That is a departure from the current policy of stripping citizenship only from dual nationals, who are definitely citizens of other countries.

Home Affairs Minister Peter Dutton is also pushing to speed up the process for new laws to allow police to access encrypted communications used by “paedophiles or terrorists” such as WhatsApp messages.

Speaking on Thursday afternoon, Mr Morrison said: “Terrorists have violated everything about what being an Australian is all about.

“It’s a crime against our country, not just against other citizens, and this is something that can’t be tolerated and permitted.

“And for those who have engaged in this sort of activity, if they have citizenship elsewhere, and we reasonably believe they do, well they can go, that’s our clear message.”

According to The Daily Telegraph, the new plan would apply to Aussies who have parents or grandparents from different countries thus allowing them to obtain citizenship somewhere else.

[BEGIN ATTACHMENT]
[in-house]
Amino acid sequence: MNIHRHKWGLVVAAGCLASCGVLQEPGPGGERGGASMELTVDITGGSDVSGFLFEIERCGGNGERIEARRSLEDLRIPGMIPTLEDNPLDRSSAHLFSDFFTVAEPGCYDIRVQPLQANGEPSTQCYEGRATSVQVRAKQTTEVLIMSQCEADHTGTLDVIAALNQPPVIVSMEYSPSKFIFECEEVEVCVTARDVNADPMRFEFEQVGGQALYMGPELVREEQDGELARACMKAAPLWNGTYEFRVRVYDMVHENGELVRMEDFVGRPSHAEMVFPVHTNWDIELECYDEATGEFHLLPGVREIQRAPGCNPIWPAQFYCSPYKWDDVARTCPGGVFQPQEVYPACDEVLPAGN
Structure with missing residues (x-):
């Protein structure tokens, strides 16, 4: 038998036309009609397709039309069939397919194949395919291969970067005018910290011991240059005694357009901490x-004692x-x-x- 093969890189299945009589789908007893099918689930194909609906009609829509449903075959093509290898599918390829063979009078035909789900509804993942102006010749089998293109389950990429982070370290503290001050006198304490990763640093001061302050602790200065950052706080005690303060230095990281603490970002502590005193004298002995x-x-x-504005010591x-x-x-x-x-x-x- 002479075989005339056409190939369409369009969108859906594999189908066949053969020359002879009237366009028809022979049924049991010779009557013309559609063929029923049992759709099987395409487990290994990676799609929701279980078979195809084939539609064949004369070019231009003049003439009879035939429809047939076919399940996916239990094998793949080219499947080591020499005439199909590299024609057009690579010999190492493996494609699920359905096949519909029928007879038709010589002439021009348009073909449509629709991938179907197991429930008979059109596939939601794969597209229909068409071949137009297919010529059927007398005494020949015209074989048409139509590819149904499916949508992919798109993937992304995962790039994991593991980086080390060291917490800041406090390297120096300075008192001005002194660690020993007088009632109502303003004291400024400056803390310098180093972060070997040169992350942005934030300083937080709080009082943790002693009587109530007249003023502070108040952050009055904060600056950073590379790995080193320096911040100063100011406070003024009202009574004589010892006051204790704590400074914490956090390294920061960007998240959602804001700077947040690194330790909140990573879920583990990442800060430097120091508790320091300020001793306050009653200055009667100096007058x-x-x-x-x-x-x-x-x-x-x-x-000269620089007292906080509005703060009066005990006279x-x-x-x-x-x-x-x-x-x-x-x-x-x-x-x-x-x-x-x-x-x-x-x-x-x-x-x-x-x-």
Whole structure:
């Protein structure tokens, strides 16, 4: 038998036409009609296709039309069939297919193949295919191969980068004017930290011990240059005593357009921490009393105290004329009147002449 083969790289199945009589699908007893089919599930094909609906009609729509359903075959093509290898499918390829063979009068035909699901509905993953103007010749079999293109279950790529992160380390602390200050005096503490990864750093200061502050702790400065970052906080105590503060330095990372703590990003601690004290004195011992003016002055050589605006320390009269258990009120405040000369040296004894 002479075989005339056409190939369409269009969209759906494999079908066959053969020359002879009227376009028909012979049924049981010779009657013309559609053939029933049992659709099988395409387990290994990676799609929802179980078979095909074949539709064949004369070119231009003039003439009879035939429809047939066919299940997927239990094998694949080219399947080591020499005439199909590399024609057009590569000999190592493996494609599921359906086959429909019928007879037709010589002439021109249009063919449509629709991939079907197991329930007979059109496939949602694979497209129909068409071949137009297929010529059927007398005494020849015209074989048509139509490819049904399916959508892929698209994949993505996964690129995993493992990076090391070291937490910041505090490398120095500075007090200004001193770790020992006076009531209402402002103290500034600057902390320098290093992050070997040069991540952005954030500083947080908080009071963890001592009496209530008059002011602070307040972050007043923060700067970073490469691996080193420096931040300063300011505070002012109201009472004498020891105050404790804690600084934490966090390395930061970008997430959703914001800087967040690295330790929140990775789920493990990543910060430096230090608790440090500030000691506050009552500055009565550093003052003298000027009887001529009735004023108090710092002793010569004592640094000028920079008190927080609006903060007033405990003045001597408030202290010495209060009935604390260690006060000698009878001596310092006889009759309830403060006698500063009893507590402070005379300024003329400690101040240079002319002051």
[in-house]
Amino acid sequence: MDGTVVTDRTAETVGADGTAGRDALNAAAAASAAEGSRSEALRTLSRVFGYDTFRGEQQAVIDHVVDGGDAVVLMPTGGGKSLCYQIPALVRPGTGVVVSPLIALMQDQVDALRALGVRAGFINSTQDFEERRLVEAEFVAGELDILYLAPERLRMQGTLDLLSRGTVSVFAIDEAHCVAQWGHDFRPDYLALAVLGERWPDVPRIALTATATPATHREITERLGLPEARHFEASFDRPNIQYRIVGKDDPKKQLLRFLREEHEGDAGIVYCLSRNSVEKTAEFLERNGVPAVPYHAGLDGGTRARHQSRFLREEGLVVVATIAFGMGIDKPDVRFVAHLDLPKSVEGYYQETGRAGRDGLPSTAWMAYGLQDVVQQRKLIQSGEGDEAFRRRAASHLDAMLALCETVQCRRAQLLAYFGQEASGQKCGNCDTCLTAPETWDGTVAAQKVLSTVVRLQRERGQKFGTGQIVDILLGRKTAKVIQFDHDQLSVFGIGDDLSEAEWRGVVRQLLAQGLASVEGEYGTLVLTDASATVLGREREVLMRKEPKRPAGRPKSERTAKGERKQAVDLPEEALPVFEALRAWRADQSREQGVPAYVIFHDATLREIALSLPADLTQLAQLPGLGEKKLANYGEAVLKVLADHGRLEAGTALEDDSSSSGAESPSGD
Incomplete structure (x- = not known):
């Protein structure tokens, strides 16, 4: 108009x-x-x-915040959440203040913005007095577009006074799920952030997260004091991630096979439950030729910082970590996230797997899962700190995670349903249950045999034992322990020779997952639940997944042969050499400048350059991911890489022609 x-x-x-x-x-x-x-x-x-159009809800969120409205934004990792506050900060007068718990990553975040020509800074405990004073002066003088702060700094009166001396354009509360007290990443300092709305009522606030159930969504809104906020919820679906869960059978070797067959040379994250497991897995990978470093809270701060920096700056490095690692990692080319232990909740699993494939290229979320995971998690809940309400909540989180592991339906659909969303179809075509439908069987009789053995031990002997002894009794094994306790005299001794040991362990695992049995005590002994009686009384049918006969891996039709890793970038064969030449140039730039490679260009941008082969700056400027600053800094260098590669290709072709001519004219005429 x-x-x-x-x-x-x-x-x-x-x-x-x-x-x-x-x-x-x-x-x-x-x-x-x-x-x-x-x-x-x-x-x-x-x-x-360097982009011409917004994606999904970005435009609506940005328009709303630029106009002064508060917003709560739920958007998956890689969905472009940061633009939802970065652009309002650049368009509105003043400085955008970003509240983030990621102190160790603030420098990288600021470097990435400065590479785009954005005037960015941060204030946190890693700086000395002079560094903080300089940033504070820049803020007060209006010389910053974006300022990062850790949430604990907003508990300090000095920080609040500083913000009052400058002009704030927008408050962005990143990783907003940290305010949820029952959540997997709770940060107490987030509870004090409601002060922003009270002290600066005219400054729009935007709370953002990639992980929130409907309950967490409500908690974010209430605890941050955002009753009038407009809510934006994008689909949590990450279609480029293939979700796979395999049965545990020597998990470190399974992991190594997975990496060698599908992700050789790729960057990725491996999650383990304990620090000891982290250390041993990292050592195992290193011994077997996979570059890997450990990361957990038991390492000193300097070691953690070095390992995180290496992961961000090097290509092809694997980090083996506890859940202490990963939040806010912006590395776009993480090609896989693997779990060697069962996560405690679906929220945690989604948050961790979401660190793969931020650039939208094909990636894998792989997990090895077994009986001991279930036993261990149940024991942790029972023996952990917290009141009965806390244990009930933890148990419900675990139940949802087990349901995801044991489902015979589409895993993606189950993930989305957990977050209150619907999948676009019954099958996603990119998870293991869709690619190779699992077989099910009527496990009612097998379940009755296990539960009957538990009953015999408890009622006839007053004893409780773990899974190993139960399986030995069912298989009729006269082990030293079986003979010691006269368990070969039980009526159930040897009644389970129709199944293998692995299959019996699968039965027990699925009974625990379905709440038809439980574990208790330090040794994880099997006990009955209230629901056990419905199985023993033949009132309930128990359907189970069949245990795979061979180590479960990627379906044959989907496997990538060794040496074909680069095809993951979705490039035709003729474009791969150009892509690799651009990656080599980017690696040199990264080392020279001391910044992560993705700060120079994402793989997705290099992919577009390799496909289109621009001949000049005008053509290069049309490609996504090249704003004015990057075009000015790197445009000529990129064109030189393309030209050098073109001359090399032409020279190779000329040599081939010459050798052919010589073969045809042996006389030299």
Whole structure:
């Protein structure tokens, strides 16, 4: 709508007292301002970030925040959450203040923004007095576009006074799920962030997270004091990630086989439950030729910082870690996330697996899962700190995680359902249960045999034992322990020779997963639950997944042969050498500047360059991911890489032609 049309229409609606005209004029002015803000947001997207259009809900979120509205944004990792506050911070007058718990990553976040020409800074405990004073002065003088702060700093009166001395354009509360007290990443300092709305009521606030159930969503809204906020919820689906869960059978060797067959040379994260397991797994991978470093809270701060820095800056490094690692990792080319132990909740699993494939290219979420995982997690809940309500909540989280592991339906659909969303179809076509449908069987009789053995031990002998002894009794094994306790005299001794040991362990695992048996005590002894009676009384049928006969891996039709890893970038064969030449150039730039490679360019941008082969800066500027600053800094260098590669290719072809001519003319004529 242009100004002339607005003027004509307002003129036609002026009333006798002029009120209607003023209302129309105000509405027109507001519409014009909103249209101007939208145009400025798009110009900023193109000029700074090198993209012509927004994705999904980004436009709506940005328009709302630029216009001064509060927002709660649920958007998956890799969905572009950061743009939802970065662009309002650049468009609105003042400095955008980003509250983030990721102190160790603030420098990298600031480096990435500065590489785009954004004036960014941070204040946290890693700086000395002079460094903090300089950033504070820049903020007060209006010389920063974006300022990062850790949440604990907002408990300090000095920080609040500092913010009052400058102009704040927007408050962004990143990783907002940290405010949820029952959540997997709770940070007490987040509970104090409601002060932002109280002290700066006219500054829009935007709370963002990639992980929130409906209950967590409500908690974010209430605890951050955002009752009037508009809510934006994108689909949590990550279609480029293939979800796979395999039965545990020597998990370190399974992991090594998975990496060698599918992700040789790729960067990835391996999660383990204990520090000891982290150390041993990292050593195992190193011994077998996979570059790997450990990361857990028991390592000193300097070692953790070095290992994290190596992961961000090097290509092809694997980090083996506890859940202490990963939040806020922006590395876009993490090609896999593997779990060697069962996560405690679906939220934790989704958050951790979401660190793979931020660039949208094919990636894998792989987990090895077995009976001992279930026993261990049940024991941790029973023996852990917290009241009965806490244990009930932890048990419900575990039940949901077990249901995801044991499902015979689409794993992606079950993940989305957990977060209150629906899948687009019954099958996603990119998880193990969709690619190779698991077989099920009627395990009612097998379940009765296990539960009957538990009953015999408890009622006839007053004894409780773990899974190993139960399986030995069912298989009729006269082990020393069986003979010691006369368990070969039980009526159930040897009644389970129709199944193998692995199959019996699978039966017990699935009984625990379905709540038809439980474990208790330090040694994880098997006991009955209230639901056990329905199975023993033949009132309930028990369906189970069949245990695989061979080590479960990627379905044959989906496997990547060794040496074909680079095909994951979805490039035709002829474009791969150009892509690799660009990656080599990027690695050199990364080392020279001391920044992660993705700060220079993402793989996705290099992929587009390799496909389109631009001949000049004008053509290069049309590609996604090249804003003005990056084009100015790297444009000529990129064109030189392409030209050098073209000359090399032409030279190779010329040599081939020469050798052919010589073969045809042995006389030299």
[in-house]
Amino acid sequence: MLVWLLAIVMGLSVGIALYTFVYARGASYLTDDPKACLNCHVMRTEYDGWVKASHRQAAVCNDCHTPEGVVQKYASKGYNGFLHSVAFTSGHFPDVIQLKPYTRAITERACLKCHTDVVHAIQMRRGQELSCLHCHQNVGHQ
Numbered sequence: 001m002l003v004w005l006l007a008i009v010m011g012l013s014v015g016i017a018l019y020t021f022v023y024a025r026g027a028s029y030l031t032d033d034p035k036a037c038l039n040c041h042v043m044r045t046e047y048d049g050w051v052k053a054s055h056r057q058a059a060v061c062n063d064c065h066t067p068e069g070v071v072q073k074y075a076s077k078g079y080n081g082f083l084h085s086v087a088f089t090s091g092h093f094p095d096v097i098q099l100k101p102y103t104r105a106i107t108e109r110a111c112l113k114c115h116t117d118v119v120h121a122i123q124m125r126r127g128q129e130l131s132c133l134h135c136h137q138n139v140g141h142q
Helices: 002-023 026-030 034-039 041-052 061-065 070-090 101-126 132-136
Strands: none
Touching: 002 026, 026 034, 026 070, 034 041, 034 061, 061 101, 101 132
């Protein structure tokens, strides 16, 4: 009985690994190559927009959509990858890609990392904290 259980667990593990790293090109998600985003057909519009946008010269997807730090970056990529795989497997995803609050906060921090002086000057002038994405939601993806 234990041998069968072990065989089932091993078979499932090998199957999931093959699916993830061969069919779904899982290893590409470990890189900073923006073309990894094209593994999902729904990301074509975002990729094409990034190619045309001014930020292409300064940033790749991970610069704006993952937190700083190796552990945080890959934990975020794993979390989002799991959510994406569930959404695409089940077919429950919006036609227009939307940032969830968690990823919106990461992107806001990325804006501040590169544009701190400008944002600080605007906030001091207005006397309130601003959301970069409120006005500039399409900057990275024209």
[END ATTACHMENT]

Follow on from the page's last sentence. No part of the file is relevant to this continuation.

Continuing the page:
The government will review the backgrounds of some 400 terrorists being monitored by ASIO to determine whether they are dual-citizens or are entitled to acquire a foreign citizenship.

It raises the possibility of some people being deported who have no other citizenship but Australian.

Unlike now where a six-year custodial sentence is needed for citizenship to be revoked, the planned legislation would merely need someone to be convicted for them to stripped of their right to remain in Australia.

The PM also wants to introduce “temporary exclusion orders” of up to two years for foreign fighters returning from conflict zones in the Middle East.

Based on a UK scheme, they would block a proven terrorist from returning to Australia for up to two years, unless a special permit was provided.

“We’re determined to deal with those individuals who have done this as far away from our shores as is possible,” Mr Morrison said.

Once back in Australia, the person would be subject to various controls including reporting to police, adhering to curfews and complying with restrictions on technology use.

“Failure to comply with the terms of that temporary exclusion order would be also an offence and subject to penalties for that citizen,” he said.